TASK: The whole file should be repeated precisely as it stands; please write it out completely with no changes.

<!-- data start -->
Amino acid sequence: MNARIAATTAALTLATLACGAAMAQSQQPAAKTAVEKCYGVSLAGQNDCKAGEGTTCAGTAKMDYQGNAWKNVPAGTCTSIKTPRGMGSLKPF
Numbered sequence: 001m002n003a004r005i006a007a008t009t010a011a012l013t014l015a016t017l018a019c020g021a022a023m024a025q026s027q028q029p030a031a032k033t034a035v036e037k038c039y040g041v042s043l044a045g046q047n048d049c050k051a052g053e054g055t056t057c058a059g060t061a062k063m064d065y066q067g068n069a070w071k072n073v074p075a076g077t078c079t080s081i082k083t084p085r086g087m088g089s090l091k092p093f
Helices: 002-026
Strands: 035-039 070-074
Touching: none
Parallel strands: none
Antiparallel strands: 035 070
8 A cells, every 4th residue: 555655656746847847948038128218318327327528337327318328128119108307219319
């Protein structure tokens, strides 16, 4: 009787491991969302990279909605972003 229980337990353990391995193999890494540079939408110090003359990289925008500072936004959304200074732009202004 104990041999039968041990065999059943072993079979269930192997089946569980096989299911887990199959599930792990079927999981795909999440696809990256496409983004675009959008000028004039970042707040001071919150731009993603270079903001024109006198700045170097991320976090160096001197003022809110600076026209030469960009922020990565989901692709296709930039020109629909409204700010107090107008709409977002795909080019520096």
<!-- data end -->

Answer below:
Amino acid sequence: MNARIAATTAALTLATLACGAAMAQSQQPAAKTAVEKCYGVSLAGQNDCKAGEGTTCAGTAKMDYQGNAWKNVPAGTCTSIKTPRGMGSLKPF
Numbered sequence: 001m002n003a004r005i006a007a008t009t010a011a012l013t014l015a016t017l018a019c020g021a022a023m024a025q026s027q028q029p030a031a032k033t034a035v036e037k038c039y040g041v042s043l044a045g046q047n048d049c050k051a052g053e054g055t056t057c058a059g060t061a062k063m064d065y066q067g068n069a070w071k072n073v074p075a076g077t078c079t080s081i082k083t084p085r086g087m088g089s090l091k092p093f
Helices: 002-026
Strands: 035-039 070-074
Touching: none
Parallel strands: none
Antiparallel strands: 035 070
8 A cells, every 4th residue: 555655656746847847948038128218318327327528337327318328128119108307219319
């Protein structure tokens, strides 16, 4: 009787491991969302990279909605972003 229980337990353990391995193999890494540079939408110090003359990289925008500072936004959304200074732009202004 104990041999039968041990065999059943072993079979269930192997089946569980096989299911887990199959599930792990079927999981795909999440696809990256496409983004675009959008000028004039970042707040001071919150731009993603270079903001024109006198700045170097991320976090160096001197003022809110600076026209030469960009922020990565989901692709296709930039020109629909409204700010107090107008709409977002795909080019520096």